Complexity of releases

As it turns out, my study on quality problems has highlighted that release management can be a very problematic part in the production of open source. Several projects described constant delays with their releases, leading to software which is out-of-date or which has other problems. Fundamentally, release management relies on trust. Contributors have to trust release managers and deadlines imposed by them, otherwise the deadlines are simply ignored. This leads to a self-fulfilling prophecy: because developers don't believe a release will occur on time, they continue to make changes and add new code, leading to delays with the release. It's very hard to break such a vicious circle.

It's important to consider why creating alignment in open source projects can be a challenge. I identified three factors that made coordination difficult:
  1. Complexity: alignment is harder to achieve in large projects and many successful open source projects have hundreds of developers.
  2. Decentralization: many open source projects are distributed, which can create communication challenges.
  3. Voluntary nature: it's important to emphasize that this does not mean that contributors are unpaid. While some open source contributors are unpaid, increasingly open source development is done by developers employed or sponsored by corporations. The Linux kernel is a good example with developers from hundreds of companies, such as Intel and Red Hat. What I mean by voluntary nature is that the project itself has no control over the contributors. The companies (in the case of paid developers) define what work gets done and unpaid contributors generally "scratch their own itch". What this means is that it's difficult for a release manager or a project leader to tell everyone to align their work at the same time.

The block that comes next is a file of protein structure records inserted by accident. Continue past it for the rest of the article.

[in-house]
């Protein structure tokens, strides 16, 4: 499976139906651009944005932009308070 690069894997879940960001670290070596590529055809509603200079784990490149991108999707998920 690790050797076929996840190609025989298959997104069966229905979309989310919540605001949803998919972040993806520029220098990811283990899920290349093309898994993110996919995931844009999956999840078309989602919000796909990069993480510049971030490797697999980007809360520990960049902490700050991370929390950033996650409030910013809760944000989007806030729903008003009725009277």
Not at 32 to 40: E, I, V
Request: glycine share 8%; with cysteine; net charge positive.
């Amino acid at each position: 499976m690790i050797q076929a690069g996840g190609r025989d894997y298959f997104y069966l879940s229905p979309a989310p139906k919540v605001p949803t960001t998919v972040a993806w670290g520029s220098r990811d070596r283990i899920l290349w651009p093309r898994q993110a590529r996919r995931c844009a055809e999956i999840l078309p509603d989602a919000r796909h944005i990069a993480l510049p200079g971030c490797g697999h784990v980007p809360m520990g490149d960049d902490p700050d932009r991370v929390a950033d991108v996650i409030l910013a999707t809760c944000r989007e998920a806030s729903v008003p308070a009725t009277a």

Time-based releases

While my research has shown problems with release management in many projects, it has also identified a novel approach to release management employed by an increasing number of projects. Instead of doing releases based on new features and functionality, which has historically been the way releases are done, releases are made based on time. Time-based releases are like a release train: there is a clear timetable by which developers can orient themselves to plan their work. If they want to make the next train (release), they know when they have to be ready.

Time-based releases work particularly well if the releases are predictable (for example, every X months) and frequent. If a release is predictable, developers can plan accordingly. If a release is fairly frequent, it doesn't matter if you miss a release because you can simply target the next one. You can think of a train station with a train that is leaving. Should you run? If you know the next train will leave soon and you can trust that the next train will leave on time, there is no need to hurry — you can avoid a dangerous sprint across the platform. Similarly, if the next release is near and predictable, you don't need to disrupt the project by making last minute changes.

Additionally, frequent releases give developers practice making releases. If a project does releases only every few years, it's very hard to make the release process an integral process of the development cycle. When releases are done on a regular basis (say every three or six months), the release process can work like a machine — it becomes part of the process.

Time-based releases are a good mechanism for release management in large open source projects. Speaking in terms of coordination theory, time-based releases decrease the level of coordination required because the predictable timetable allows developers to plan for themselves. The timetable is an important coordination mechanism in its own right.

Looking at various open source projects, time-based release management is implemented in different ways. For example, GNOME and Ubuntu follow a relatively strict frequency of six months. This is frequent, predictable and easy to understand. The Linux kernel employs a 2 week "merge window" in which new features are accepted. This is followed by a number of release candidates with bug fixes (but no new features) until the software is ready for release, typically after 7 or 8 release candidates. Debian follows a model where the freeze date is announced in advance. The time between freeze and release depends on how fast defects get fixed. Debian's freeze dates are more than 2 years apart, which in my opinion leads to challenges because the release process is not performed often enough to become a routine.

Recent changes